USDA on Tuesday projected a $9 billion agricultural trade deficit in Fiscal Year 2023 as the Economic Research Service forecasts lower exports than earlier forecasts.
U.S. agricultural exports are projected at $190 billion for FY 2023, a $6.4 billion drop from FY 2022 farm exports.
The export forecast for FY 2023, which runs from October 2022 to the end of September 2023, was lowered by $3.5 billion from the August trade forecast.
Agricultural imports are forecast at a record $199 billion, a $2 billion in increase from the August forecast.
One element in the adjustment in trade numbers comes from a strong U.S. dollar, "while a headwind to the export forecast, is partially responsible for higher import demand," USDA's report stated.
All of that leads to a projected $9 billion trade deficit, compared to a $2.4 billion positive trade balance in 2022.
Ag had a stretch of trade deficits of $1.3 billion in 2019 and $3.7 billion in 2020. As recently as 2017 and 2018, the agricultural sector had positive trade balances of $17.6 billion and $12.1 billion, respectively.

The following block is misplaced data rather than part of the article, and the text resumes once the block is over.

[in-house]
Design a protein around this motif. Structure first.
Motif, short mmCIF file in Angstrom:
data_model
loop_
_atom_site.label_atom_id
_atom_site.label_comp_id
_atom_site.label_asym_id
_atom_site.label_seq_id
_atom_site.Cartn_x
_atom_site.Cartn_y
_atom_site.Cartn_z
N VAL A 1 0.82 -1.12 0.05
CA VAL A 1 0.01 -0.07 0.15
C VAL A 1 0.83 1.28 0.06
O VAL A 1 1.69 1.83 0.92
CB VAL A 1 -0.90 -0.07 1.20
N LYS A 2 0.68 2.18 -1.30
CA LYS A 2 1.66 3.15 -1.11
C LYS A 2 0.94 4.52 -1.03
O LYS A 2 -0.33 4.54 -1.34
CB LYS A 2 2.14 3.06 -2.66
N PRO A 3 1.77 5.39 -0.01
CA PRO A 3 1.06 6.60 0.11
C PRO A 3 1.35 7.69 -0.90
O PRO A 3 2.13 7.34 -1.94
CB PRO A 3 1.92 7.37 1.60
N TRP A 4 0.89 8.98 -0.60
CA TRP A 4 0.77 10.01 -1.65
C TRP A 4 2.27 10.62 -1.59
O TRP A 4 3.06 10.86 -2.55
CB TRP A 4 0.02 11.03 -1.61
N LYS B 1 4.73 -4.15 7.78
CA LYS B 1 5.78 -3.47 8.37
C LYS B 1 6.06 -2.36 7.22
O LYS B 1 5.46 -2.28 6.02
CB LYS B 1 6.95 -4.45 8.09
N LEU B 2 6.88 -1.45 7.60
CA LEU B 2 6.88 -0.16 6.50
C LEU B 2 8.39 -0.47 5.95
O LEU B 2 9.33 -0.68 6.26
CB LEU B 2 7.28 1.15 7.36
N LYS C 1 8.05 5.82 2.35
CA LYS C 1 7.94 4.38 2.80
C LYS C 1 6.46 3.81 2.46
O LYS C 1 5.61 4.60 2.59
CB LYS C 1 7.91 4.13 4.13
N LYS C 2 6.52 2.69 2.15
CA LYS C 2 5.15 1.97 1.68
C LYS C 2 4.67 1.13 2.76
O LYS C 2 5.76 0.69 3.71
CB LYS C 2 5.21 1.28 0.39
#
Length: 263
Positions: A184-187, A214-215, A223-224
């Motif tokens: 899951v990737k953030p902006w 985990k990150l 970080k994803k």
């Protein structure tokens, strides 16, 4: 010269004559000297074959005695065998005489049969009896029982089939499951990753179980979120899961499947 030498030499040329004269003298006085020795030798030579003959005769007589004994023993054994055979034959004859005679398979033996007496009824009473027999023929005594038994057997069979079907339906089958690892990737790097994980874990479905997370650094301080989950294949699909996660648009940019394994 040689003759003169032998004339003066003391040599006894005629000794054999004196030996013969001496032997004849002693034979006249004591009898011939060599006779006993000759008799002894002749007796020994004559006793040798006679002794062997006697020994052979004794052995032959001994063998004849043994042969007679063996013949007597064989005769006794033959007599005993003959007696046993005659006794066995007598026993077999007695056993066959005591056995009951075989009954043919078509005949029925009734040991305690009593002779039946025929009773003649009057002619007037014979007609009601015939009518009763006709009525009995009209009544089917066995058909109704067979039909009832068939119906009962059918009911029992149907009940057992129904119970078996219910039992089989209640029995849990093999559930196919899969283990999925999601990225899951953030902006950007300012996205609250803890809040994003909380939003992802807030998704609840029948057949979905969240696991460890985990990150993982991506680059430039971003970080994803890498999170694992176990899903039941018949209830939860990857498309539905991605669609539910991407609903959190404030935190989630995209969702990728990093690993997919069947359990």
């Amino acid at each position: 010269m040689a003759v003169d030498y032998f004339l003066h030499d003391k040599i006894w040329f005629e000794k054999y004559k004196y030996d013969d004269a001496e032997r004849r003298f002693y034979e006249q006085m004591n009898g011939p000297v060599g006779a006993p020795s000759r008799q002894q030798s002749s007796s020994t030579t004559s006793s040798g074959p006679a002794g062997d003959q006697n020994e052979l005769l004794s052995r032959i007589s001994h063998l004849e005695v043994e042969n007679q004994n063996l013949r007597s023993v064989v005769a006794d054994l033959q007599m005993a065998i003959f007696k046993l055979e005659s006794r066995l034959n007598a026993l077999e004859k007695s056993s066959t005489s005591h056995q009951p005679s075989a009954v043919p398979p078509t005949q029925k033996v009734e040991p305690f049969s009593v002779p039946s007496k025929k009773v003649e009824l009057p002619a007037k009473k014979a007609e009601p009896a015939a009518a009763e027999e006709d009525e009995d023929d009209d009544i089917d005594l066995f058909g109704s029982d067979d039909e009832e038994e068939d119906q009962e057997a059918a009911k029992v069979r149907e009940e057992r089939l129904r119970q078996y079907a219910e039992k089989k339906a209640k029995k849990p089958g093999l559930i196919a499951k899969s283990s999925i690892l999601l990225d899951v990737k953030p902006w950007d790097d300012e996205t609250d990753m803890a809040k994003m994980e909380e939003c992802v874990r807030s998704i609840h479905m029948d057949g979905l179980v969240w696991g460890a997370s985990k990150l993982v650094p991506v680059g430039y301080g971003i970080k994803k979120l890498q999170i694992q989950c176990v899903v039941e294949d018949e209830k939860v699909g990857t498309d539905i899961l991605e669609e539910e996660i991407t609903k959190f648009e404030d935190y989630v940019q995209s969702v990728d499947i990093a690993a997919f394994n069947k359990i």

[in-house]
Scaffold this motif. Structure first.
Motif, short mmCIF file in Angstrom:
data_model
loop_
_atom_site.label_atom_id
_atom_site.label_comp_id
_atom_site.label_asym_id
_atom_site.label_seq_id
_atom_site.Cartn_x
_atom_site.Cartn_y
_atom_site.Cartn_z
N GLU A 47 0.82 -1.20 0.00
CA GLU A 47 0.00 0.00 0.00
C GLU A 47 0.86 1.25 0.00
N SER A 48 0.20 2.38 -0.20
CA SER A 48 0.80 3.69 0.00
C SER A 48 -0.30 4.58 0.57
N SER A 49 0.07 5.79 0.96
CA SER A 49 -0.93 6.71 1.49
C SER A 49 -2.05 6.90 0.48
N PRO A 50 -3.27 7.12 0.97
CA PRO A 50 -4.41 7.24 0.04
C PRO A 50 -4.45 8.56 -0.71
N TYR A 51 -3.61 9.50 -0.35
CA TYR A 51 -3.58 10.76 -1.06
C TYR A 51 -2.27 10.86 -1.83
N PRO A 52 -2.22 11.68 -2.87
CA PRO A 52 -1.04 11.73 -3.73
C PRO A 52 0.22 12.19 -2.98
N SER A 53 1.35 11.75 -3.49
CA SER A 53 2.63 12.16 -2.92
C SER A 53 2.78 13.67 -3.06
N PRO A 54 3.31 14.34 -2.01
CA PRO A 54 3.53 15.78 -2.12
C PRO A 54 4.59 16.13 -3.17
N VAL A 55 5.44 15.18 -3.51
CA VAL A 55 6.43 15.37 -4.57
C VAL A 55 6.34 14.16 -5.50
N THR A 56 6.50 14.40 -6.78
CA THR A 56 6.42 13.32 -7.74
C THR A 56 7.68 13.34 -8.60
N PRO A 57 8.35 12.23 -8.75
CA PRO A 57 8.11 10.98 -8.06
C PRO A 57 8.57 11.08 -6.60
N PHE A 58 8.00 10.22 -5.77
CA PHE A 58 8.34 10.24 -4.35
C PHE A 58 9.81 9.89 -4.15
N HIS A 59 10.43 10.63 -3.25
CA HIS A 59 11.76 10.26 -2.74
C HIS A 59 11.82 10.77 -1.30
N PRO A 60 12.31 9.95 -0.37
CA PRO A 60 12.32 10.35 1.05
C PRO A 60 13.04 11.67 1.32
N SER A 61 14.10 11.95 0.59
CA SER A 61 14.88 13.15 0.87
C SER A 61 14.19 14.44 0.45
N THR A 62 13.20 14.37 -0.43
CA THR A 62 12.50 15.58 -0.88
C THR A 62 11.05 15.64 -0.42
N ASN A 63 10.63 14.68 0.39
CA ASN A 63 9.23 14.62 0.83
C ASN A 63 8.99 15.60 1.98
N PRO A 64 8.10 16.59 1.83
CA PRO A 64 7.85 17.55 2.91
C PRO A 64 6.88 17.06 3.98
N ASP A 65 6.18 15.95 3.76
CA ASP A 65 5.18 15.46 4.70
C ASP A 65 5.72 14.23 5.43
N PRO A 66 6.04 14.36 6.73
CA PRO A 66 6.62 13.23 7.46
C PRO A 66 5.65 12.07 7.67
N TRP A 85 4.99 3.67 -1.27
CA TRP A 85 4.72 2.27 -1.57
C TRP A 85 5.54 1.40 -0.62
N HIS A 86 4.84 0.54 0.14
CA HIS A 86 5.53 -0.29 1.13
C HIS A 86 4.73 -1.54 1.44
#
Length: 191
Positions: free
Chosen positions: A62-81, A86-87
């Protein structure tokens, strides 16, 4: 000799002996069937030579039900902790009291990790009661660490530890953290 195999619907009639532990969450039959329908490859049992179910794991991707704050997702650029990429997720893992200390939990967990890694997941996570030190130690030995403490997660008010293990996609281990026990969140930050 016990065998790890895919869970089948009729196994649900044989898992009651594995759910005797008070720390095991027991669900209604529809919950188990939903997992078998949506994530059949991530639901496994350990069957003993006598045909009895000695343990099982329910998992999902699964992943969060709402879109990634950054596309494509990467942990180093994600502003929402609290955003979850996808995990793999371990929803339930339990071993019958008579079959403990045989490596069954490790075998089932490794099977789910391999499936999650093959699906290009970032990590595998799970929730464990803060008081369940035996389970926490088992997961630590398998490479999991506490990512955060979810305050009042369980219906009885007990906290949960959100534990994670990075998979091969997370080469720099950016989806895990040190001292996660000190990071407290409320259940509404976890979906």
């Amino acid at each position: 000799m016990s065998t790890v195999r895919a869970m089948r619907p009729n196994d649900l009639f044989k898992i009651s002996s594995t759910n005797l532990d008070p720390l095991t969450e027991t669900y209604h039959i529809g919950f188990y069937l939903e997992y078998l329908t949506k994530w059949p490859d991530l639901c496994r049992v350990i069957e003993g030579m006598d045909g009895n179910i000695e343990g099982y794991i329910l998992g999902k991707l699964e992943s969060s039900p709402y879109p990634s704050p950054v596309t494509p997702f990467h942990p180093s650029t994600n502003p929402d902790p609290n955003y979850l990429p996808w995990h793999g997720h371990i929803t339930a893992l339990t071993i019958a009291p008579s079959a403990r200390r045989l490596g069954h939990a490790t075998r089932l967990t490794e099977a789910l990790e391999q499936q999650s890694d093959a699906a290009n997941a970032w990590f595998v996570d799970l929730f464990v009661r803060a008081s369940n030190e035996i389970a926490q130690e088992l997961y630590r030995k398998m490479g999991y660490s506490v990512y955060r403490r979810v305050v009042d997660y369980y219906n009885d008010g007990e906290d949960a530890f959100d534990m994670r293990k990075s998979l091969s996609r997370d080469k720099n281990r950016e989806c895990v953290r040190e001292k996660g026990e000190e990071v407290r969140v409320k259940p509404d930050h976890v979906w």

The trade balance for agriculture has swung dramatically over the past decade when the American agriculture was used to seeing positive trade balances averaging over $30 billion in 2011, 2012 and 2013.
USDA cited reductions in soybean, cotton and corn exports.
-Soybeans now are projected to have $2.4 billion lower sales to $32.8 billion "due to smaller production and increased competition from South America."
-Cotton exports are forecast as down $1 billion to $6 billion based on lower values and lower demand.
-Corn exports also are forecast down by $600 million to $18.5 billion on lower export volumes.
On the positive side of the ledger, livestock, poultry and dairy exports are forecast to increase $300 million to $41.4 billion Beef exports are up $500 million to $10.3 billion, driven by higher prices. Beef, poultry and variety meat sales will offset declines in pork and dairy exports.
Ethanol exports are expected to stay steady at $4.2 billion, the same as the August forecast and will be a record if realized.
Horticultural products are expected to come in at $39.5 billion.
For imports, USDA cited higher projected imports driven by horticultural products, sugar and tropical products, as well as grain and feed products.
The full ERS report can be found at https://www.ers.usda.gov/…
Chris Clayton can be reached at Chris.Clayton@dtn.com
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